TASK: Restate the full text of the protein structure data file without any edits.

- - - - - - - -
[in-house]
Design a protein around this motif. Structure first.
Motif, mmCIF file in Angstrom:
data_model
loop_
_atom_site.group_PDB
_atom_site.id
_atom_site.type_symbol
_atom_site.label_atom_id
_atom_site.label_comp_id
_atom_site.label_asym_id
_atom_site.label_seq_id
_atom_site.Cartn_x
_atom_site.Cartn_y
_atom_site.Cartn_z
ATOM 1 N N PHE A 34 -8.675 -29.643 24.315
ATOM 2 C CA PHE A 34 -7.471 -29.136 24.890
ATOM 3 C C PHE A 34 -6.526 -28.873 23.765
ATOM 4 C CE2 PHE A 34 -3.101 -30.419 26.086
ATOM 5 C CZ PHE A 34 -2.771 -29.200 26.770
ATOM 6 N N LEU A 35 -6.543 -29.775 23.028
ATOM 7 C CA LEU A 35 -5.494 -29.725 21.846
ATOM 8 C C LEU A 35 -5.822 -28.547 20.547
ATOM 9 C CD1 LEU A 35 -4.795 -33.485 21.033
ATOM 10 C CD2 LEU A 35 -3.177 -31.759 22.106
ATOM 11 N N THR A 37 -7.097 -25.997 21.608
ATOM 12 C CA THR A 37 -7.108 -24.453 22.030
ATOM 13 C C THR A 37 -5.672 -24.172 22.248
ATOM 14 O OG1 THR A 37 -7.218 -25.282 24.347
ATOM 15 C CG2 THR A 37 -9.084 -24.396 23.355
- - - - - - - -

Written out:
[in-house]
Design a protein around this motif. Structure first.
Motif, mmCIF file in Angstrom:
data_model
loop_
_atom_site.group_PDB
_atom_site.id
_atom_site.type_symbol
_atom_site.label_atom_id
_atom_site.label_comp_id
_atom_site.label_asym_id
_atom_site.label_seq_id
_atom_site.Cartn_x
_atom_site.Cartn_y
_atom_site.Cartn_z
ATOM 1 N N PHE A 34 -8.675 -29.643 24.315
ATOM 2 C CA PHE A 34 -7.471 -29.136 24.890
ATOM 3 C C PHE A 34 -6.526 -28.873 23.765
ATOM 4 C CE2 PHE A 34 -3.101 -30.419 26.086
ATOM 5 C CZ PHE A 34 -2.771 -29.200 26.770
ATOM 6 N N LEU A 35 -6.543 -29.775 23.028
ATOM 7 C CA LEU A 35 -5.494 -29.725 21.846
ATOM 8 C C LEU A 35 -5.822 -28.547 20.547
ATOM 9 C CD1 LEU A 35 -4.795 -33.485 21.033
ATOM 10 C CD2 LEU A 35 -3.177 -31.759 22.106
ATOM 11 N N THR A 37 -7.097 -25.997 21.608
ATOM 12 C CA THR A 37 -7.108 -24.453 22.030
ATOM 13 C C THR A 37 -5.672 -24.172 22.248
ATOM 14 O OG1 THR A 37 -7.218 -25.282 24.347
ATOM 15 C CG2 THR A 37 -9.084 -24.396 23.355